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This is not America

This is not America

Brian Ross
Brian Ross

Historians and constitutional scholars reflect on Mr. Trump's refusal to conced the election and his alarming rhetoric in this editorial from the the New York Times:  What's Trump Playing At?

Published a week and a day after Election Day and less than a week after concensus formed that Joe Biden won both the popular vote and the electoral college vote, Thomas Edsall outlines the historical context (both long running and recent), norm busting, narcisicism and the Republican party's complicity involved in denying the election results - effectively bringing American democracy to the brink of failure.  Regarless of what happens, things will likely not be the same.

One strikingly obvious observation Edsall makes is that the Republican party is actively trying to deny minorities a voice in American politics:

Trump’s refusal to concede, and the support he is getting from his fellow Republicans, is part and parcel of the sustained drive by the right, especially since Barack Obama won a majority in 2008, to constrain and limit political participation by minorities by every available means: gerrymandering, voter suppression, restricting the time and place of balloting, setting new rules for voter identification and so forth.

Thomas Edsall summarizing the work of Frank Wilkinson

And one last excerpt from the article, for it merrits a full reading.  James T. Kloppenberg shared the following w/ Edsall:

Trump’s refusal to acknowledge defeat is unprecedented. Yet it is consistent with everything he’s done throughout his life, so it should not surprise us. While political scientists often focus on institutions and political practices, democracy, where it exists, rests on deeper cultural predispositions that are harder to see. Unless a culture has internalized the norms of deliberation, pluralism, and above all reciprocity, there is no reason to concede to your worst enemy when he wins an election, nor is there any reason to acknowledge the legitimacy of opponents.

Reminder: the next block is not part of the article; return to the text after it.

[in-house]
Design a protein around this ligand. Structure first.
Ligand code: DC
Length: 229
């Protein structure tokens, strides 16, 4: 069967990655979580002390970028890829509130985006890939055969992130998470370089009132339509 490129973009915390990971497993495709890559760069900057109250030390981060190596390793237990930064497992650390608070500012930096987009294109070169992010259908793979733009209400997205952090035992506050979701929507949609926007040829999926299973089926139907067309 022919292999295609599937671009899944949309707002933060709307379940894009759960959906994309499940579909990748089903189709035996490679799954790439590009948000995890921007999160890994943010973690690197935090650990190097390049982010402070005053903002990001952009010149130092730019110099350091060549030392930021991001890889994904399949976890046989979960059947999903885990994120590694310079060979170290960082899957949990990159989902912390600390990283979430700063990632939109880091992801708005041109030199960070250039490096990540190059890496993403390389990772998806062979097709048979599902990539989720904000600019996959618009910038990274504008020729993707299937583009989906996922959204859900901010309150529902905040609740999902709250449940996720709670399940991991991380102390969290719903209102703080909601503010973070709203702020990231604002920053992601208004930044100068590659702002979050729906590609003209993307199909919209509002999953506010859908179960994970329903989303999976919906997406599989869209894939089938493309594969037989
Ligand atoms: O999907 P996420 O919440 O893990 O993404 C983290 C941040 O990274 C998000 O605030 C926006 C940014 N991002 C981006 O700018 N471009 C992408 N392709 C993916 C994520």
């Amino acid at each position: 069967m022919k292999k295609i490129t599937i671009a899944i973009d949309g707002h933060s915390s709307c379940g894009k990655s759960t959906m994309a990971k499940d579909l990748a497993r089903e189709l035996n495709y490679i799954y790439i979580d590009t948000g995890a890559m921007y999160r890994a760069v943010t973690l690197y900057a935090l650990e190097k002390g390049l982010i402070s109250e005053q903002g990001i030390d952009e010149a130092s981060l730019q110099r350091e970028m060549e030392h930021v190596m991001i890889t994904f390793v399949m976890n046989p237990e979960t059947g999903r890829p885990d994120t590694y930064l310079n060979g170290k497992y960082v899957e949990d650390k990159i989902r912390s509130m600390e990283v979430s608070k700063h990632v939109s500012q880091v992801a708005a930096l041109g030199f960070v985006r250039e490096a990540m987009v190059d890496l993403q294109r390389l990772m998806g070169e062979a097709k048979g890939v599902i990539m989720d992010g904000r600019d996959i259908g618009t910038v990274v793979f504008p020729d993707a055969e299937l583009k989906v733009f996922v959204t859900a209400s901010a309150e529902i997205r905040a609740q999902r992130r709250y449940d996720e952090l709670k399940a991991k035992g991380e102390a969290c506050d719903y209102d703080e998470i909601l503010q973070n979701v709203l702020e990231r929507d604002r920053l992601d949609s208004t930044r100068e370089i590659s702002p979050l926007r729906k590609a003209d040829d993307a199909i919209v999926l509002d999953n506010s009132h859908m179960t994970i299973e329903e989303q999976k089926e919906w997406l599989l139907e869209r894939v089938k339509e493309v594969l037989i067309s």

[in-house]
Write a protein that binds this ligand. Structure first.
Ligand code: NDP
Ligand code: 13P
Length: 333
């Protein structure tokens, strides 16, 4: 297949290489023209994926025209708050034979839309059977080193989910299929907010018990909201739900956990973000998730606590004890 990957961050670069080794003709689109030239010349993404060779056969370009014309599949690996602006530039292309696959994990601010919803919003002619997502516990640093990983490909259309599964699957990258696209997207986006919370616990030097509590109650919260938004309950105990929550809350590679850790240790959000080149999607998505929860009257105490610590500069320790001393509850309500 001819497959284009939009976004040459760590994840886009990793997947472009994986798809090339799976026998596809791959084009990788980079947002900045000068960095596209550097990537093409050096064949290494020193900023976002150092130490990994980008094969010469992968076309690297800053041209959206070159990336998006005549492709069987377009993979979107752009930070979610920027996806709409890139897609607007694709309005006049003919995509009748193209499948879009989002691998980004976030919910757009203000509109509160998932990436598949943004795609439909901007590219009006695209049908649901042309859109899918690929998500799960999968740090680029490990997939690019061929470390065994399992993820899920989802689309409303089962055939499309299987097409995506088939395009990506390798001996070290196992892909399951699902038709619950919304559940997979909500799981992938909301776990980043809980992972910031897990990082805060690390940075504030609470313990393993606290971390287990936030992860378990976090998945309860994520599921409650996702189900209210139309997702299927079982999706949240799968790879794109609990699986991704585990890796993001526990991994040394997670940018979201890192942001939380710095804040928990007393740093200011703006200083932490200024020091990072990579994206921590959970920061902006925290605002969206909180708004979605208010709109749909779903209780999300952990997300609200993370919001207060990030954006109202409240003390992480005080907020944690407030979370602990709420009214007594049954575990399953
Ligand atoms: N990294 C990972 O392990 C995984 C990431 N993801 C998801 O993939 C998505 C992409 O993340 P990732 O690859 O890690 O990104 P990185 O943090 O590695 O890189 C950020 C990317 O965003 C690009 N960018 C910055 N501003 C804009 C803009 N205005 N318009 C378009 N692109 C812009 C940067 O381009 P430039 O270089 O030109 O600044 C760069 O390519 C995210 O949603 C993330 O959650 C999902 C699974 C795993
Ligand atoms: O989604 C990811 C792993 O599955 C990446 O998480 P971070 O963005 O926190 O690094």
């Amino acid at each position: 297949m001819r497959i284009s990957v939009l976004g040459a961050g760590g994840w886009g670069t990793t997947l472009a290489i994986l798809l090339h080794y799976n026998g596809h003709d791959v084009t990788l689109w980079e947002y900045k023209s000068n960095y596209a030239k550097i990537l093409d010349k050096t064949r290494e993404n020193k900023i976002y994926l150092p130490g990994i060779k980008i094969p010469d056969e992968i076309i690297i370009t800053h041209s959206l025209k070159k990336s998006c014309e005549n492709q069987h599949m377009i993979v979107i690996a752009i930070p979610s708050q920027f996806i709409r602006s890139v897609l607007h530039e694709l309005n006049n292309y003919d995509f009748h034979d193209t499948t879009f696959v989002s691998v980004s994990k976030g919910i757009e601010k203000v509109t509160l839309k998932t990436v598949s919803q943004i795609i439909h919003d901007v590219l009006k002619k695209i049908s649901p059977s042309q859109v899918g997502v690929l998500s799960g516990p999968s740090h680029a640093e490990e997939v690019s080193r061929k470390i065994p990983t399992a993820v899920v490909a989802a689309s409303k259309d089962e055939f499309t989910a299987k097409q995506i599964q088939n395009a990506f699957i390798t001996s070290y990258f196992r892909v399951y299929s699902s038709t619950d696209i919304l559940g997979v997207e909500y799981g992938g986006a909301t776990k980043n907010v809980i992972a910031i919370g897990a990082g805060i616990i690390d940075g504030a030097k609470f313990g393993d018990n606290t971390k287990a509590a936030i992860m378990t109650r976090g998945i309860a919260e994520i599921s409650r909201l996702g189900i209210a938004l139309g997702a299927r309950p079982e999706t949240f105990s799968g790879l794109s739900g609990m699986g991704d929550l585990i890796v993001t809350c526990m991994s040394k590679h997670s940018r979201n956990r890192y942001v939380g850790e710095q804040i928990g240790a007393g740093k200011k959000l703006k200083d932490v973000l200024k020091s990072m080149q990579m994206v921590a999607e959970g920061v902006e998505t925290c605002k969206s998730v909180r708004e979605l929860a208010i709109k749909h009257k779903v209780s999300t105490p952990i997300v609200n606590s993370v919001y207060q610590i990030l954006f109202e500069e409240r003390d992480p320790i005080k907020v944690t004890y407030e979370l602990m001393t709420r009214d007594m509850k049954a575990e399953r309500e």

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Norm-busting has been Trump’s modus operandi from a very early age, so to expect him now to conform to democratic norms is unrealistic. Conceding defeat is a tradition consistent with the ethic of reciprocity: you admit defeat, move on, work with those you disagree with, and try to win the next election. Establishing those norms is the work of centuries, not decades. The colonies that became the United States had been at it since the 1630s. By 1787 those cultural pillars were already in place.
Trump’s behavior, Kloppenberg argues, is the culmination of long-term developments within Republican ranks:
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Many conservatives considered the New Deal a repudiation of the laissez-faire dogmas they claimed were written into American life. They were wrong about that, as a generation of progressives had shown for decades before FDR’s election. But from Goldwater and Reagan through Gingrich to the present, many Republicans have viewed deviations from what they consider the gospel of free-market capitalism as heresy. Of course there has never been anything remotely resembling a free market in the United States. State, local, and federal governments were involved in daily life from the nation’s first days. But the fantasy of unrestrained capitalism has endured, as has the strategy of condemning as ‘un-American’ anyone who dares suggest otherwise. Given Trump’s four years of hate-mongering and his stubborn refusal to acknowledge reality, his behavior since the election is to be expected — and criticized as the direct challenge to democracy that it is.

Our country as we know it is facing a nearly unprecented challenge.  Not since the Civil War has our citizenry and sub-set of our leaders rejected the will of the majority (and electoral college) so braisenly.  Their lies about fraud, their rejection of the election results, law and norms must be repudiated.

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